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What's new in sudo 1.9: Python

One of the most interesting new features of the upcoming sudo version 1.9 is Python support. While version 1.8 introduced plugin support, Python support means that you can extend sudo using the same APIs but write plugins in Python instead of C. Version 1.9 is still under development but you are encouraged to test it and provide feedback about your experiences. From this blog, you can learn how to install ready to use beta quality packages from the sudo website, how to compile it yourself (on CentOS) and how to test Python support using a very simple example script.

Before you begin

Note: while I did not run into any serious problem during the testing of different git snapshot builds, I do not recommend running beta quality software in a production environment. As with any experimenting with sudo: make sure that you can log in as root before you start working. The example Python code replaces the policy engine of sudo with a very simplistic one so you will definitely need the root password even if sudo otherwise works perfectly.

Installing a binary package

Ready to use binary packages are available for many platforms on the sudo website. Go to, download and install the package for your platform.

Compile it from source

You can also easily compile sudo 1.9 for yourself. I tested it on CentOS 7 but other platforms should work as well. To compile sudo, first you need to install development tools and dependencies for the application. Your mileage may vary depending on your platform. This is what I had to install on CentOS 7 in order to compile sudo:

yum install git
yum groupinstall "Development Tools"
yum install python3-devel
yum install pam-devel
yum install openldap-devel
yum install openssl-devel

You are now ready to download sudo sources from git:

git clone

Now change to the freshly checked-out directory, configure sources with Python support enabled, compile sudo and create an installable RPM package from it:

cd sudo
./mkpkg --enable-python

The package should be ready in a few minutes. The advantage of using a package is that you can easily delete it and return to the sudo version included on your platform. You can now install the freshly built sudo package with a command such as:

yum install sudo-1.9.0-1.el7.x86_64.rpm

Basic testing

Before going on to test Python support, do some basic sudo testing. The default configuration allows you to use sudo to root and to members of the wheel group. Test that you can run commands as a user, experiment with settings in /etc/sudoers.

Python sample code

You can find a very simple example Python script below, which implements a sudo policy. It only accepts “id” as a valid command and executes it as root. Any other command is rejected with an error message.

import sudo
class SudoPolicyPlugin(sudo.Plugin):
    def check_policy(self, argv, env_add):
        cmd = argv[0]        # the first argument is the command name
        if cmd != "id":      # Example for a simple reject:
            sudo.log_error("You are not allowed to run this command!")
            return sudo.RC.REJECT
        command_info_out = ( # setup command to execute
            "command=/usr/bin/id",  # Absolute path of command
            "runas_uid=0",          # The user id
            "runas_gid=0")          # The group id
        return(sudo.RC.ACCEPT, command_info_out, argv, env_add)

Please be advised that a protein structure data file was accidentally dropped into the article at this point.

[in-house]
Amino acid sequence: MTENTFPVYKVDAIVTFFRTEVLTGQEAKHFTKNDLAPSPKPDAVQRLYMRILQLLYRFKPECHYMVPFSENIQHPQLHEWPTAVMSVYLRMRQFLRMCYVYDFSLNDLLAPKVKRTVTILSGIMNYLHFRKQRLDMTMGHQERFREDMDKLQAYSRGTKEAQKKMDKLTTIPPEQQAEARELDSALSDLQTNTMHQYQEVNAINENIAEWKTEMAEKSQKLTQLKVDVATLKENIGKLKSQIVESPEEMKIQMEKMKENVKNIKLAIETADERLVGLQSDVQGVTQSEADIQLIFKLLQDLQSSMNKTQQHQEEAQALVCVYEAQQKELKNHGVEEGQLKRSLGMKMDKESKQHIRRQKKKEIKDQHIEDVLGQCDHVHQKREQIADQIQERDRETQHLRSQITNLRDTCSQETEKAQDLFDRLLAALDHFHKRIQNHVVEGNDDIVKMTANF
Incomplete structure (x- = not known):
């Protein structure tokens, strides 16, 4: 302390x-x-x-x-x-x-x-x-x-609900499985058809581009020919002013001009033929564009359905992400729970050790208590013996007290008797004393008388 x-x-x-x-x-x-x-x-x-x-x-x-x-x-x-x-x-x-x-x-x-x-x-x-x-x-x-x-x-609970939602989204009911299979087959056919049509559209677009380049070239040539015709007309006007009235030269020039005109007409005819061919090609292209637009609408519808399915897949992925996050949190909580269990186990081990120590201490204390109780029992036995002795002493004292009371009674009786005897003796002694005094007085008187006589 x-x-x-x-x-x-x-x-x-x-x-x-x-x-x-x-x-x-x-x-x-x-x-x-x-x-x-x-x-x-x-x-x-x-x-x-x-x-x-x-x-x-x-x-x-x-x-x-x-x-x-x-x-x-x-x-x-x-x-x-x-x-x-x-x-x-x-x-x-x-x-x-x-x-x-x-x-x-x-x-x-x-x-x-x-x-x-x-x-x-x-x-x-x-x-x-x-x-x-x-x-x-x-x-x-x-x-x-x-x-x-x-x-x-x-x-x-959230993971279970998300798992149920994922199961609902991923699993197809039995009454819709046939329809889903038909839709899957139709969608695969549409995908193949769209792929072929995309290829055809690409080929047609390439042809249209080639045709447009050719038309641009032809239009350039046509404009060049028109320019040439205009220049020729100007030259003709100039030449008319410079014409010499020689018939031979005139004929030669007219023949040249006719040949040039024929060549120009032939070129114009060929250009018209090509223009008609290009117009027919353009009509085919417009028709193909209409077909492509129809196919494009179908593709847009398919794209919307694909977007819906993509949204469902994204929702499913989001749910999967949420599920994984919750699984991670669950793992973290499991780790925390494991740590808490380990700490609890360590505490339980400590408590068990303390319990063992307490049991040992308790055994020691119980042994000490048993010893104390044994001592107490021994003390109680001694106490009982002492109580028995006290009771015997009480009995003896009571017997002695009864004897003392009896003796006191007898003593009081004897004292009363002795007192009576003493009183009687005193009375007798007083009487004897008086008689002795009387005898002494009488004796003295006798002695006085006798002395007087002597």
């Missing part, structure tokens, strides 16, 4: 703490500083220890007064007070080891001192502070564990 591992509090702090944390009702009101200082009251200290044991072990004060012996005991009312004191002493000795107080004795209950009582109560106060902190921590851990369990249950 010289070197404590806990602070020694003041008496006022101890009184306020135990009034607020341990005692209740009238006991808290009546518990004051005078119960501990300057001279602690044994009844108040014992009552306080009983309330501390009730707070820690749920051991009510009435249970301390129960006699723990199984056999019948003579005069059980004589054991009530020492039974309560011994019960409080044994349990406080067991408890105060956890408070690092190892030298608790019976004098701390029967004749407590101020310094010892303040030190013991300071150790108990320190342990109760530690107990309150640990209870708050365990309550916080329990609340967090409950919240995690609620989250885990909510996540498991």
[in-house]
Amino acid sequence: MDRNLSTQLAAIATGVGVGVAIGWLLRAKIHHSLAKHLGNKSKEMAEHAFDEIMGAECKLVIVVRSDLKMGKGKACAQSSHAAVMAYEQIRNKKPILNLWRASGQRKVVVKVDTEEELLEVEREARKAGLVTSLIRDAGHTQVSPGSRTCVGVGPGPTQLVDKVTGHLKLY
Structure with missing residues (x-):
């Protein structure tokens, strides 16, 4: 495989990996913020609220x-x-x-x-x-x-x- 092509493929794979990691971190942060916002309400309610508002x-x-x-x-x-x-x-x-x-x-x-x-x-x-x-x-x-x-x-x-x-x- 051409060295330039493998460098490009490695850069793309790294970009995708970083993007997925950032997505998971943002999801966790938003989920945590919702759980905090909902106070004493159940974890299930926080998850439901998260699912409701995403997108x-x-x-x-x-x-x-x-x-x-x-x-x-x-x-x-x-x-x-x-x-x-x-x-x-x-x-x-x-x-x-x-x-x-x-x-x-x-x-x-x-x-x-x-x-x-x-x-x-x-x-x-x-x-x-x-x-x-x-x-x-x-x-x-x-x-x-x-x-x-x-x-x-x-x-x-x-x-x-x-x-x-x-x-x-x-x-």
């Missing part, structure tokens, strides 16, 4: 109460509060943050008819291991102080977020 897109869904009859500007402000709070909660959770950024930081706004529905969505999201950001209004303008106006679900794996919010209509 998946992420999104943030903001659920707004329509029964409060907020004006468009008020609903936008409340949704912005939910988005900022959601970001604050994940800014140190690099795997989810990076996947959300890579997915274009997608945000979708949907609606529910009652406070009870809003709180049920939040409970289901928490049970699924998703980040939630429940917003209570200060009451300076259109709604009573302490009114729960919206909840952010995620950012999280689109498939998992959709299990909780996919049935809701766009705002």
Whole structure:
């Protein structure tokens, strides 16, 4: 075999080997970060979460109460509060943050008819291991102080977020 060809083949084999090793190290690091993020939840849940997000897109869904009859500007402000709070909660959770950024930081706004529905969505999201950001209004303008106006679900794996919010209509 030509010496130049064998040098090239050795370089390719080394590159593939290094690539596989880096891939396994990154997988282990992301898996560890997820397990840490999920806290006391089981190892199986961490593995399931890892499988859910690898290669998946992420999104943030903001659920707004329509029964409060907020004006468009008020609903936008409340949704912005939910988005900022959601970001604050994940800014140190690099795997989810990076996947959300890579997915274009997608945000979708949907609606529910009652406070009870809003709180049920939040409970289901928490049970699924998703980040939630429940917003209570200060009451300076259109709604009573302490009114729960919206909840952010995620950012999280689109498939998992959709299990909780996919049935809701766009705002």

As you can see, the script starts by importing the sudo module. It does not exist as a separate file on your file system, only within the sudo Python plugin itself. Next, we define a class. Name it however you like, the only important thing is that it is inherited from the sudo.Plugin class. You will use the name of the class in sudo.conf, where you configure sudo plugins.

In the policy plugin there is a single mandatory method: check_policy. It receives two arguments from sudo; “argv” describes the command the user wants to run and “env_add” contains the environment variables defined by the user. The first argument of “argv” contains the command to be executed. If it is different from “id”, an error message is printed on screen and the command is rejected. Otherwise we fill out the command_info_out variable with some hard-coded information about the command to be executed. Finally, we return that the command is accepted and the information necessary to execute it.

Testing the Python plugin

As I mentioned earlier in the introduction: this Python code replaces the sudo policy engine. Instead of using /etc/sudoers, the sudo policy will be based on this Python code. Make sure that you can log in as root before enabling the above code!

There are many more Python examples in the sudo repository on GitHub: This one is based on, but has been simplified to a bare minimum. Once you understand the consequences, you are ready for testing. Open /etc/sudo.conf in your favorite text editor and add the following line to it:

Plugin python_policy ModulePath=/root/ ClassName=SudoPolicyPlugin

If an existing policy plugin is present, such as sudoers_policy, it must be commented out. As you can see, I stored the sample code in the /root/ file. If you saved it to a different location, change the parameter of “ModulePath” accordingly. After /etc/sudo.conf is saved, you are ready for testing. Login as a regular user and execute “ls” with sudo. Then run “id” with it. The result should look similar to the following:

[czanik@centos7 ~]$ sudo ls
You are not allowed to run this command!
[czanik@centos7 ~]$ sudo id
uid=0(root) gid=0(root) groups=0(root)

You should now login as root and remove (or comment out) the line loading the Python-based policy plugin. Once you save the file, /etc/sudoers will be used again.

What is next?

You can learn more about the Python plugin at

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